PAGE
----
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Effective child support policy for low-income families: evidence from street level research

  • Maureen R Waller

    (Public Policy Institute of California)

  • Robert Plotnick

    (University of Washington)

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    Since 1984, policymakers have increasingly turned their attention to reforming the child support system. Despite this attention, the child support system has often failed to increase the economic security of single-parent families. This article analyzes findings from recent qualitative studies to explain why the child support system breaks down for so many low-income families. This research suggests that parents often prefer informal arrangements of support and do not comply with child support regulations they perceive to be unfair, counterproductive, or punitive. It also suggests that there is a mismatch between the premises and goals of child support policy and what low-income parents desire from the system. This mismatch impedes low-income parents' willingness and ability to comply with existing policy, even when they wish to do so, and will make reform difficult. © 2001 by the Association for Public Policy Analysis and Management.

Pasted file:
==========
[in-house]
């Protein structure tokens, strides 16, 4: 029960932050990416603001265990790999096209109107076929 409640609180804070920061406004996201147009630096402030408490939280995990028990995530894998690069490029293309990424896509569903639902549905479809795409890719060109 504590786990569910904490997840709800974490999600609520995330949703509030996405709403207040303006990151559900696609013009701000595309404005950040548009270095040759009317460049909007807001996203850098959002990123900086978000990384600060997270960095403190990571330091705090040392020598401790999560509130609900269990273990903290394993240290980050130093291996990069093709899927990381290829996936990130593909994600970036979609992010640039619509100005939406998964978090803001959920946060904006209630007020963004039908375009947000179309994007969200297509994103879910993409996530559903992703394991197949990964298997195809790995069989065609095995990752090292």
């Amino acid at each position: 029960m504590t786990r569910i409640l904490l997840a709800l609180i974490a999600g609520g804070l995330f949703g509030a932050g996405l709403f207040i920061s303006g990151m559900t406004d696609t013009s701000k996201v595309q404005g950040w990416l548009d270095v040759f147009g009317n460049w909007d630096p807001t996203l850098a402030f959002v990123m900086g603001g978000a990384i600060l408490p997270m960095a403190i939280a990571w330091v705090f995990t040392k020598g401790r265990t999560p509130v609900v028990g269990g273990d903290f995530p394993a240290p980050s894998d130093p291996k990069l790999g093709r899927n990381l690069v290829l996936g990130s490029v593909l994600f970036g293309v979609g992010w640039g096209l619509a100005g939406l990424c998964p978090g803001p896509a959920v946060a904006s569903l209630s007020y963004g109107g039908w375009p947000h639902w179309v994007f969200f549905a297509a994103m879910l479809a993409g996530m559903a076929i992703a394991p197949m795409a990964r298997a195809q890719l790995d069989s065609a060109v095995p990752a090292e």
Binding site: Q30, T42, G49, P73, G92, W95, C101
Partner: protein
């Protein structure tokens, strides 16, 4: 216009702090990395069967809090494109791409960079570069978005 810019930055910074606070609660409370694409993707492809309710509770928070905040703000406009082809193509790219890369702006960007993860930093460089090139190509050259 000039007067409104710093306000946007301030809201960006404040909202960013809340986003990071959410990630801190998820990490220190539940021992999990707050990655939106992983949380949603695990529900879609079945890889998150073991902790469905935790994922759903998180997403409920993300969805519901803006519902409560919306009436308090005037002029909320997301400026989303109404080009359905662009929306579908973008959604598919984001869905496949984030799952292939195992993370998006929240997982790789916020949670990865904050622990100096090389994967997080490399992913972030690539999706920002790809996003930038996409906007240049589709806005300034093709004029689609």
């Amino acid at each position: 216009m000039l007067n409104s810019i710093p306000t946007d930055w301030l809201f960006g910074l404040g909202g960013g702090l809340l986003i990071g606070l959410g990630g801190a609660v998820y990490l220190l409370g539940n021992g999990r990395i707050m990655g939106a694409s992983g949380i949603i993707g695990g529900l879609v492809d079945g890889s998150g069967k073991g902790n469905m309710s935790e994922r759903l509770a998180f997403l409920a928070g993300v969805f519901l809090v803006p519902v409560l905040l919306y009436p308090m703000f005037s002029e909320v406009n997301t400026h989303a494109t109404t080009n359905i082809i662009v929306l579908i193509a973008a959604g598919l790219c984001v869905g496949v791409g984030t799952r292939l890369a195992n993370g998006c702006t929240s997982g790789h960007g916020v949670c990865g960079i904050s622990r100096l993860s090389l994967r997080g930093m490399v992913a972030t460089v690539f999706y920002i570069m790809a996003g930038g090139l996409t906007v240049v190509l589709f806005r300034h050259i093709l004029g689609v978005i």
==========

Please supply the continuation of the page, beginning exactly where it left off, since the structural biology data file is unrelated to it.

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    Article provided by John Wiley & Sons, Ltd. in its journal Journal of Policy Analysis and Management.

    Volume (Year): 20 (2001)
    Issue (Month): 1 ()
    Pages: 89-110

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    Handle: RePEc:wly:jpamgt:v:20:y:2001:i:1:p:89-110
    Contact details of provider: Web page: http://www3.interscience.wiley.com/journal/34787/home

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    1. Edin, Kathryn, 1995. "Single mothers and child support: The possibilities and limits of child support policy," Children and Youth Services Review, Elsevier, vol. 17(1-2), pages 203-230.
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